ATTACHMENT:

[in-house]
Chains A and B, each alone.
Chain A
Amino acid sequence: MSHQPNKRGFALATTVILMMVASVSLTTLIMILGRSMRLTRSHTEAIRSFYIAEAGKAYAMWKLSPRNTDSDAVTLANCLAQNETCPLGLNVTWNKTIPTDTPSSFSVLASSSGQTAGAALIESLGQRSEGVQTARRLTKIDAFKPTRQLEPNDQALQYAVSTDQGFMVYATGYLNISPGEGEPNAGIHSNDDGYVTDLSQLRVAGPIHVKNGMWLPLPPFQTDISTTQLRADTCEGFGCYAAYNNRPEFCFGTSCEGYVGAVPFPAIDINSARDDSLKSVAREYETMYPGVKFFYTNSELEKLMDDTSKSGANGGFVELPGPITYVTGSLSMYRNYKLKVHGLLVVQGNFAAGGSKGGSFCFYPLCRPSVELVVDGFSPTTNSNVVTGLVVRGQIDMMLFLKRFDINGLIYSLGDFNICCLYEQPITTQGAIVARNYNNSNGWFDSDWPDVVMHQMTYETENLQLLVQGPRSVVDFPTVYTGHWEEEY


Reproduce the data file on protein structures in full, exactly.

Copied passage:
[in-house]
Chains A and B, each alone.
Chain A
Amino acid sequence: MSHQPNKRGFALATTVILMMVASVSLTTLIMILGRSMRLTRSHTEAIRSFYIAEAGKAYAMWKLSPRNTDSDAVTLANCLAQNETCPLGLNVTWNKTIPTDTPSSFSVLASSSGQTAGAALIESLGQRSEGVQTARRLTKIDAFKPTRQLEPNDQALQYAVSTDQGFMVYATGYLNISPGEGEPNAGIHSNDDGYVTDLSQLRVAGPIHVKNGMWLPLPPFQTDISTTQLRADTCEGFGCYAAYNNRPEFCFGTSCEGYVGAVPFPAIDINSARDDSLKSVAREYETMYPGVKFFYTNSELEKLMDDTSKSGANGGFVELPGPITYVTGSLSMYRNYKLKVHGLLVVQGNFAAGGSKGGSFCFYPLCRPSVELVVDGFSPTTNSNVVTGLVVRGQIDMMLFLKRFDINGLIYSLGDFNICCLYEQPITTQGAIVARNYNNSNGWFDSDWPDVVMHQMTYETENLQLLVQGPRSVVDFPTVYTGHWEEEY